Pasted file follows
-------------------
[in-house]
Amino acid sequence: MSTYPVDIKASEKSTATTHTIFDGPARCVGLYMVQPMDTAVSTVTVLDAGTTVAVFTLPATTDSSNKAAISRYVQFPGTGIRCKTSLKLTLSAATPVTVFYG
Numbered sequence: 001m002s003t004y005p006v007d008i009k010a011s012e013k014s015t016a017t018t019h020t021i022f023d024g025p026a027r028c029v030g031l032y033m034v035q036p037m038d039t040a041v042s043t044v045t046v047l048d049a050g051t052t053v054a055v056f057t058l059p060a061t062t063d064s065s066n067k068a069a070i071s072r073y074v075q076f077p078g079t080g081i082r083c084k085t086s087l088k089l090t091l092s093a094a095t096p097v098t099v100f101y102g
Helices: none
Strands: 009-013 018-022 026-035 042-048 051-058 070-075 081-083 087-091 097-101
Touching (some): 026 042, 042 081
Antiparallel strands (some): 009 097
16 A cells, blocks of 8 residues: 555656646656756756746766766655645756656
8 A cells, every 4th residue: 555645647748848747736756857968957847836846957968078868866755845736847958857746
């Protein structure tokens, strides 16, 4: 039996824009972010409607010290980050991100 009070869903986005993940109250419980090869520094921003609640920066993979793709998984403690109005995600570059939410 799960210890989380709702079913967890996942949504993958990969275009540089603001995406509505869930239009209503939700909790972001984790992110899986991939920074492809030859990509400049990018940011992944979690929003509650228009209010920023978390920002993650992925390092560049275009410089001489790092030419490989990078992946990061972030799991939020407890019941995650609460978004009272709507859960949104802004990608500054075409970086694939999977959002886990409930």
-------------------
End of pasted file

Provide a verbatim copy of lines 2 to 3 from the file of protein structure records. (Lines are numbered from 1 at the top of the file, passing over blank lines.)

Amino acid sequence: MSTYPVDIKASEKSTATTHTIFDGPARCVGLYMVQPMDTAVSTVTVLDAGTTVAVFTLPATTDSSNKAAISRYVQFPGTGIRCKTSLKLTLSAATPVTVFYG
Numbered sequence: 001m002s003t004y005p006v007d008i009k010a011s012e013k014s015t016a017t018t019h020t021i022f023d024g025p026a027r028c029v030g031l032y033m034v035q036p037m038d039t040a041v042s043t044v045t046v047l048d049a050g051t052t053v054a055v056f057t058l059p060a061t062t063d064s065s066n067k068a069a070i071s072r073y074v075q076f077p078g079t080g081i082r083c084k085t086s087l088k089l090t091l092s093a094a095t096p097v098t099v100f101y102g